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Nakajima Ki-43-IIb Oscar

by Mark Mallinson


Nakajima Ki-43-II-Otsu
1 Hoki Sentai, 1 Chutai Shimodate, Japan, 1943


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The kit presented here is Revell’s vintage 1/32nd scale Nakajima Ki-43-IIb Hayabusa.  After a quick Internet .jpg hunt, I could see that this kit would never be a truly accurate representation of the Imperial Japanese Army Air Force’s Type 1 fighter, but with some work, could be brought much closer to the real thing. This process involved two main areas of modifications, and I learned a few new techniques along the way that my fellow modelers may benefit from seeing.


Aircraft History


Even while Nakajima’s successful Ki-27 (Nate) was still coming into service, the IJAA order a replacement aircraft encompassing all of the Ki-27’s dog fighting maneuverability, but with improved range and 300+mph speed.  The Hayabusa (Peregrine Falcon, code named Oscar) began entering service a few months prior to the beginning of the Pacific War, and was not at first regarded favorably by its pilots.  The addition of combat or “butterfly” flaps vastly increased the Oscar’s flight envelope and then it became popular with its pilots. 




At the war’s outbreak, this slender, lightly armed and built aircraft proved itself in combat against inferior Allied designs.  But as new US fighter designs like the F6F-3 Hellcat came into service, it became apparent that the late thirties Japanese design philosophy of light construction and high maneuverability could not compete with rugged construction, heavy firepower and speed of its newer adversaries.  Despite this, the Ki-43 went through three main types and several sub-variants and soldiered on through the course of the war, never to gain the fame of Mitsubishi’s A6M Zero.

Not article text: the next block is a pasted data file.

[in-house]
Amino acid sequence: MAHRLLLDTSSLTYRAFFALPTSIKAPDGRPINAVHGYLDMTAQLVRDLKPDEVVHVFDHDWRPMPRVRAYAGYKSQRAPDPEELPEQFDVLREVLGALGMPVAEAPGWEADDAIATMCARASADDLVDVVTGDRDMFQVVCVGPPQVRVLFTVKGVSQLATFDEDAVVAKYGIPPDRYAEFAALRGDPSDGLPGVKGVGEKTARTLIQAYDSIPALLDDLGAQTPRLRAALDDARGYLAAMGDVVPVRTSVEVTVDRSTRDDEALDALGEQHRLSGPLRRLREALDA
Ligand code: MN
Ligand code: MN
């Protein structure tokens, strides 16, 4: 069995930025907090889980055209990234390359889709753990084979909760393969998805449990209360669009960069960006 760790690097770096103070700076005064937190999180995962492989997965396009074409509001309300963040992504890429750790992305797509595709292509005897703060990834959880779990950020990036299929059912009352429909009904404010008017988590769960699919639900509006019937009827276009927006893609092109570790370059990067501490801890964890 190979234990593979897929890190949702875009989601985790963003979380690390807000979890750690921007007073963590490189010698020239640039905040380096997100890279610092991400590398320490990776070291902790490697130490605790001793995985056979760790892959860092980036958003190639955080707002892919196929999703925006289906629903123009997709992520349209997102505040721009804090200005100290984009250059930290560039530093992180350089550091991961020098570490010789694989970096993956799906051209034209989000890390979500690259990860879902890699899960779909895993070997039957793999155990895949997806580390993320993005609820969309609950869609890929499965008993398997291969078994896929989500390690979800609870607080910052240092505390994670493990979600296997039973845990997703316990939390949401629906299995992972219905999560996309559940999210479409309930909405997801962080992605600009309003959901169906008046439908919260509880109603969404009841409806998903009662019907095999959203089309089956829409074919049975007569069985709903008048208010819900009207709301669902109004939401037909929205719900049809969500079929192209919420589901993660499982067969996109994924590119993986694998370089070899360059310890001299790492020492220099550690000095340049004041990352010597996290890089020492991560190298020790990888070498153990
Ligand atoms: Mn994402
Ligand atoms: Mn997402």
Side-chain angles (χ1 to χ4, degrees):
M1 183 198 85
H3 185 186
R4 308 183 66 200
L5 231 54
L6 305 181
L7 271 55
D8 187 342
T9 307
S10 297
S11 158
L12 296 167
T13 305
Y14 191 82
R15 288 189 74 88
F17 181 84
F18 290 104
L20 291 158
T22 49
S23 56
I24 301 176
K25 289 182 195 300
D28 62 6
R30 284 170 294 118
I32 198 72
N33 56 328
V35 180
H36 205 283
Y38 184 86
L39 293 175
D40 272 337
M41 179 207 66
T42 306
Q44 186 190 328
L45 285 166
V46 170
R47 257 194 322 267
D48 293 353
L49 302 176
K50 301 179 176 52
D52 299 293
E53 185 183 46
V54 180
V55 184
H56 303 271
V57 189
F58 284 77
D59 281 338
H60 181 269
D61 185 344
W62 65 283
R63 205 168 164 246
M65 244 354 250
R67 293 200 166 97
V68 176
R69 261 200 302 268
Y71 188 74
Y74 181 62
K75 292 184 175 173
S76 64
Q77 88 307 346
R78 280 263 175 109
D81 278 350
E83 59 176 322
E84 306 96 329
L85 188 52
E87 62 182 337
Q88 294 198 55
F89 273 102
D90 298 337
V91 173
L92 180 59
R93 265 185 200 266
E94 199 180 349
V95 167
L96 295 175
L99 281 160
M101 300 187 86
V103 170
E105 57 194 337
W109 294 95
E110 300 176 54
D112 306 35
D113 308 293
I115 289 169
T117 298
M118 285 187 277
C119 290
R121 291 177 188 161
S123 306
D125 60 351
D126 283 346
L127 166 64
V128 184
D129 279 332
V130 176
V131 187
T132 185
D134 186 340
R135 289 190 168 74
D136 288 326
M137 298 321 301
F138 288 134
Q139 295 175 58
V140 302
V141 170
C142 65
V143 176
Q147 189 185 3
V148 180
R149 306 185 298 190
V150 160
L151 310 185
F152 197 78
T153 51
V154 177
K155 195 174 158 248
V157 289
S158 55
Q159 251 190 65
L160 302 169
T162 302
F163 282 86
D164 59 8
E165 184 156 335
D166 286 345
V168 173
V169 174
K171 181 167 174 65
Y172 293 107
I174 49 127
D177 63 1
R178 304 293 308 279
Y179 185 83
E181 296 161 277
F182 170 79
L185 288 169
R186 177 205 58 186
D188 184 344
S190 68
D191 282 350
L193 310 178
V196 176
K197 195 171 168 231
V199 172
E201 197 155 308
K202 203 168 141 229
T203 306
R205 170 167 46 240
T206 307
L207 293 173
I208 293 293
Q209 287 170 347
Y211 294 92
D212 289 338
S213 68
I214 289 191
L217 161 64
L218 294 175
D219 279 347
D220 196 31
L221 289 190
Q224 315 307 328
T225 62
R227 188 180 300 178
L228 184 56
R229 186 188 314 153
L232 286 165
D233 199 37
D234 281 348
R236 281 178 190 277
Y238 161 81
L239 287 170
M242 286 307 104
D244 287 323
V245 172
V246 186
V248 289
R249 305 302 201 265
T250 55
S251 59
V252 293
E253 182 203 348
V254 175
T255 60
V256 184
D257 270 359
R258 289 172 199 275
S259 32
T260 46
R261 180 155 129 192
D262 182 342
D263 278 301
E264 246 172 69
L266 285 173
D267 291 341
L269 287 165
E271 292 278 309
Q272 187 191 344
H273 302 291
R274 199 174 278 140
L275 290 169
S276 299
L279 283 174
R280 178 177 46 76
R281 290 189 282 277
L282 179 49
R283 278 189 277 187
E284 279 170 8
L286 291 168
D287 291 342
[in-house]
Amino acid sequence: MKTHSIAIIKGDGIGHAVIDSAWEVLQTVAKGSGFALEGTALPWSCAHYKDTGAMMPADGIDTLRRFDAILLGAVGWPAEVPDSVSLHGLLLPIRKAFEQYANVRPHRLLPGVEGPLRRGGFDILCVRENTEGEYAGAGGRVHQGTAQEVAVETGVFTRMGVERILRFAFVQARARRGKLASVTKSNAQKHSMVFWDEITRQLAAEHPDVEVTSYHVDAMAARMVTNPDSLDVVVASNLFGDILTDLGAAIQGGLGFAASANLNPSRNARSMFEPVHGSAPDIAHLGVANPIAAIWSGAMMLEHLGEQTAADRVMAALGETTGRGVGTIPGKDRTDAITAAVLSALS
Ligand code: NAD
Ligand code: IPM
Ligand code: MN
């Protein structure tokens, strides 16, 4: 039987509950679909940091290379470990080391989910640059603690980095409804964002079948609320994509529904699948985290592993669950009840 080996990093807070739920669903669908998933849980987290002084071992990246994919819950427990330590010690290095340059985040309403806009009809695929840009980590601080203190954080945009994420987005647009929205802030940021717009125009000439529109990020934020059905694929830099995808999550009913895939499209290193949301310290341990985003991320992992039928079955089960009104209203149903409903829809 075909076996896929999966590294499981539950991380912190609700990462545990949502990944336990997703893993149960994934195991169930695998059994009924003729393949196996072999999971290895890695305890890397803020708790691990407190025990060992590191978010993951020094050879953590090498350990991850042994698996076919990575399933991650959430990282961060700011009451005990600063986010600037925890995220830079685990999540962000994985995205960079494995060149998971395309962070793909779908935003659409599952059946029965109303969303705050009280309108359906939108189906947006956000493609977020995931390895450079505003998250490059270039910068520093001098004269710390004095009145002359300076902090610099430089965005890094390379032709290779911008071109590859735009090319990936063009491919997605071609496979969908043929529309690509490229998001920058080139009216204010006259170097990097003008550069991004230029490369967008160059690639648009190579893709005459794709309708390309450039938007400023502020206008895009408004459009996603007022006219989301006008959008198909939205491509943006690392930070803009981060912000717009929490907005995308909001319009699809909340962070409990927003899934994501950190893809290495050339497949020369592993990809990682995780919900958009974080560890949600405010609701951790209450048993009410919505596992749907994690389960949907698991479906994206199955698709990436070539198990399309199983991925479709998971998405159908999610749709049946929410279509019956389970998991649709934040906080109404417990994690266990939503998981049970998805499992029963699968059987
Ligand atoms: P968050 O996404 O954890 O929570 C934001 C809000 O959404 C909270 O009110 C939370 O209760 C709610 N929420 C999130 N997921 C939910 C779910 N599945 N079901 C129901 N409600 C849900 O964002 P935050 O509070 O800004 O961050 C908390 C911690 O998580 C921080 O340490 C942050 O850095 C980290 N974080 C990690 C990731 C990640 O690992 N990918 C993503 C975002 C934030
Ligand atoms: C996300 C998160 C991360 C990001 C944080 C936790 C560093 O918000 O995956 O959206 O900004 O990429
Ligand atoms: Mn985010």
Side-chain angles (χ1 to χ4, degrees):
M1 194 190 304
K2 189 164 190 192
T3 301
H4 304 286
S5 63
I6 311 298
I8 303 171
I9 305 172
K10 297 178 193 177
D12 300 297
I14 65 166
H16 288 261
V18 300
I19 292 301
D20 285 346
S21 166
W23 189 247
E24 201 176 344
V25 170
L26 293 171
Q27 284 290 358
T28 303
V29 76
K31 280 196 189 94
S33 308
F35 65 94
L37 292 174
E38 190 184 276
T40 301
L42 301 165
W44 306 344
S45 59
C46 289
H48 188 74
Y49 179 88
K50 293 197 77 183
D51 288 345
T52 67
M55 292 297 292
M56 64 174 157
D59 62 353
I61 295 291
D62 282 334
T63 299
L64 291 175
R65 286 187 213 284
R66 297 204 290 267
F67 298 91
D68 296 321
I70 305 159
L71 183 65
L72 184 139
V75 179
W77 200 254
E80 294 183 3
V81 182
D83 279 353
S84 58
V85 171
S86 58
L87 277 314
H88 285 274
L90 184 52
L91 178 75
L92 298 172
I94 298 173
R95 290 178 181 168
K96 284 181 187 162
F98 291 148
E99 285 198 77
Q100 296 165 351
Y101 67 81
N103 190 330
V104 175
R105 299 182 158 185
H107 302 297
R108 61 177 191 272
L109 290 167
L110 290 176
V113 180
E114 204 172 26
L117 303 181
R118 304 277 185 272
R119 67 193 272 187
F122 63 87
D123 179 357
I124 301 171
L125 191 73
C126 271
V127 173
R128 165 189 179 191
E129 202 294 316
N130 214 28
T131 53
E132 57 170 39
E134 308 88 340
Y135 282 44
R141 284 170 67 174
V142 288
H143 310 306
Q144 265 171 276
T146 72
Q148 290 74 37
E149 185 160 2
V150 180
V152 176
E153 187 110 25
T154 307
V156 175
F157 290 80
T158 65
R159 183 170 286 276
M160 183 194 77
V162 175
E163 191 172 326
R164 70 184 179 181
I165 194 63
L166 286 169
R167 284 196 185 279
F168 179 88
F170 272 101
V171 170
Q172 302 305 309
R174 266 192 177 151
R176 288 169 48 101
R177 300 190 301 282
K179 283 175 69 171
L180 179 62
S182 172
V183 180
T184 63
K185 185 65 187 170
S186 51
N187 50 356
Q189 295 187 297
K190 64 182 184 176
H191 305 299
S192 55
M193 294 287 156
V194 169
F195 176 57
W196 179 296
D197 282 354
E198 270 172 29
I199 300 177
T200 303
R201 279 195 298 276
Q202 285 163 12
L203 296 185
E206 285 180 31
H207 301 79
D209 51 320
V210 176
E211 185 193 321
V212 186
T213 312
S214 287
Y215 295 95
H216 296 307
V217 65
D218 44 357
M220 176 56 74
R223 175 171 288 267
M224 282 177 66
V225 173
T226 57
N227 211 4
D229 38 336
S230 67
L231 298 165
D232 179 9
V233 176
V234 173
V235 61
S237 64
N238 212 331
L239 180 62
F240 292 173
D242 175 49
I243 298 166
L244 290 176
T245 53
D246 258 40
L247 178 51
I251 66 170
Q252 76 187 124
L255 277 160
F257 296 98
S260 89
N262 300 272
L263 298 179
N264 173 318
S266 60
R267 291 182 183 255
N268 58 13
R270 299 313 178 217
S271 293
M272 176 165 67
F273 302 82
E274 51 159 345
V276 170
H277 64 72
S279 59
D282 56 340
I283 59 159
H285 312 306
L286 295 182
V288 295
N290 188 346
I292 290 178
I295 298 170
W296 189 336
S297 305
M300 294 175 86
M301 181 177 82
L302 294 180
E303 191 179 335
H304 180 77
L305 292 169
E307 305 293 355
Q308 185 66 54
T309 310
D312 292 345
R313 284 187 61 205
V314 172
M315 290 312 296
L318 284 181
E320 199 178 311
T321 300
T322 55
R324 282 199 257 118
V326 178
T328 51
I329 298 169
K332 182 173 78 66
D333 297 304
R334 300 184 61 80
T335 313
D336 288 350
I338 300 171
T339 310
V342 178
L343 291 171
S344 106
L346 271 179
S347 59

The Kit


Revell’s Oscar kit is vintage 1974, with all the features you would expect from that era: raised panel lines, generic interior details and an OK engine.  The overall shape and size appear to match the Oscar.  The one aspect of the kit that really took me back to my youth was the Revell Master Modelers Club entry form on the side of the box.  Oh, what I’d give for one of those iron-on club patches now!



Interior Modifications

Using AeroDetail #29 and .jpg’s gathered from David Pluth’s great Japanese Aircraft web page, I immediately discovered that Revell’s cockpit bared little resemblance to reality. 


Original Cockpit Parts


The modeler is given 5 parts that include a seat that is the wrong shape and around 30 scale mm’s thick.  The instrument panel also bares no resemblance to any Ki-43 panel photos and their foot pedals were two slanted blobs on the floorboard.  The stick was wrong, but had potential for correction.  The two fuselage halves had some adequate raised stringers, as well as some erroneous and shallow side wall equipment boxes.

The first modified item was the instrument panel, which was sanded off.  A drawing in AeroDetail #29 of the type IIb’s instrument panel was photocopied and reduced to 1/32nd scale.  This pattern was used to cut out an instrument panel from .010” thick sheet styrene.  Details like the instrument dials and the angled radio control panel were measured on the paper reproduction and transferred onto the blank panel.  A separate radio panel and supports were made from more  styrene sheet.  A piece of .010” sheet was thinned to ~.005” and a Waldron punch and die set was used to make round dials and knobs.  Rather than trying to accurately punch each of the round instrument dial holes in the panel, I found it easier to mark the general location, then drill the hole by twisting a #11 blade until I started to approach the right size.  By biasing the blade to the correct direction, I could adjust the location of the holes until they were close to where I wanted them.  Waldron round instrument bezels were added around the nearly finished dial holes.